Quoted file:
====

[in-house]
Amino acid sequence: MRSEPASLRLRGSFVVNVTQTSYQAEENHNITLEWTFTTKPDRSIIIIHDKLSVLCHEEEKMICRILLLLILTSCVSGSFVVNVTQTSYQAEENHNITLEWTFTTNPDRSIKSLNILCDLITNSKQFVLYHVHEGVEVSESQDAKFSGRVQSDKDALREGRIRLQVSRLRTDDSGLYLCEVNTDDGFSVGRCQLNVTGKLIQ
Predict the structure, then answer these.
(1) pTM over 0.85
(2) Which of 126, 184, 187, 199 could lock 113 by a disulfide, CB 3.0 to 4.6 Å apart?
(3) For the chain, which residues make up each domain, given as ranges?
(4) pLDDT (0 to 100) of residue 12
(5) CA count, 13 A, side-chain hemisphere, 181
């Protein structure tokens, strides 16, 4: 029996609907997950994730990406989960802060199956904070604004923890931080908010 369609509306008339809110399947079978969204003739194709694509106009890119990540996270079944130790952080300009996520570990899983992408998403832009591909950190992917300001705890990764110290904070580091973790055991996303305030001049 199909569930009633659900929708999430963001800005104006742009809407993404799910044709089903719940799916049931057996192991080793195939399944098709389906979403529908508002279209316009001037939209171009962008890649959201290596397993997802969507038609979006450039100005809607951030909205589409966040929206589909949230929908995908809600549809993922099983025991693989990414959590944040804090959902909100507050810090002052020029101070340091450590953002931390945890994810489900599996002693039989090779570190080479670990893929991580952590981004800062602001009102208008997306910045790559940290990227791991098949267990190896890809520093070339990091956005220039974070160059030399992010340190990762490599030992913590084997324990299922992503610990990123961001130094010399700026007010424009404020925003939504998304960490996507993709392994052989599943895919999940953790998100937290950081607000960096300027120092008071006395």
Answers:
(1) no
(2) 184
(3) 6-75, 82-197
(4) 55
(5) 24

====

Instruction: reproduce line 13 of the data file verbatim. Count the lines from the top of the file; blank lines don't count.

(3) 6-75, 82-197